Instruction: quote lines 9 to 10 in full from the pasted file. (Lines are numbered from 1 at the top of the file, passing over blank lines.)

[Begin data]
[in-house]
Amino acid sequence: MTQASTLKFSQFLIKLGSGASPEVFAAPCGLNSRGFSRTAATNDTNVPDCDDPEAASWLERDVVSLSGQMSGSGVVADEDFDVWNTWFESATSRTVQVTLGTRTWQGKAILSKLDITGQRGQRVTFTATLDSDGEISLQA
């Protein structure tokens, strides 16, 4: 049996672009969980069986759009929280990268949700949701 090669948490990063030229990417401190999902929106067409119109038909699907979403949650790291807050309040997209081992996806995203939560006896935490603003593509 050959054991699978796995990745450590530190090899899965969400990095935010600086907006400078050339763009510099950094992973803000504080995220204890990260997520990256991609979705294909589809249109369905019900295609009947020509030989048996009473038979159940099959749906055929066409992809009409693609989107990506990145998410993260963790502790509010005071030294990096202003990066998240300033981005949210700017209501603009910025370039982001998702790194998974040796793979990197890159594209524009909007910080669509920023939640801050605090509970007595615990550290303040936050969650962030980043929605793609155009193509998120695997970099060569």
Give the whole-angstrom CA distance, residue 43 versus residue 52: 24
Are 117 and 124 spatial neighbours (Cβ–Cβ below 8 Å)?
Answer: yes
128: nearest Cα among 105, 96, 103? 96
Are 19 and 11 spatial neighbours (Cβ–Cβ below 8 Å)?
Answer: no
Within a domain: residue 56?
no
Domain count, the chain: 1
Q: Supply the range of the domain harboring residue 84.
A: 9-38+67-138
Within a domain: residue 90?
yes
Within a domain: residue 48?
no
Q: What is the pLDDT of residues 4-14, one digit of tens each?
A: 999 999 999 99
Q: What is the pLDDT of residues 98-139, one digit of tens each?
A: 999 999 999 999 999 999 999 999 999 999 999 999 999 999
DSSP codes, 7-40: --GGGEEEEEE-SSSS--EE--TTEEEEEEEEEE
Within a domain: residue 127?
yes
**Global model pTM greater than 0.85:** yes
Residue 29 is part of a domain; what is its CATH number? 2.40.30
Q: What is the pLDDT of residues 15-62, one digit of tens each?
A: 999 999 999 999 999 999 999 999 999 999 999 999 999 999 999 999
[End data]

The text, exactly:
Answer: no
Within a domain: residue 56?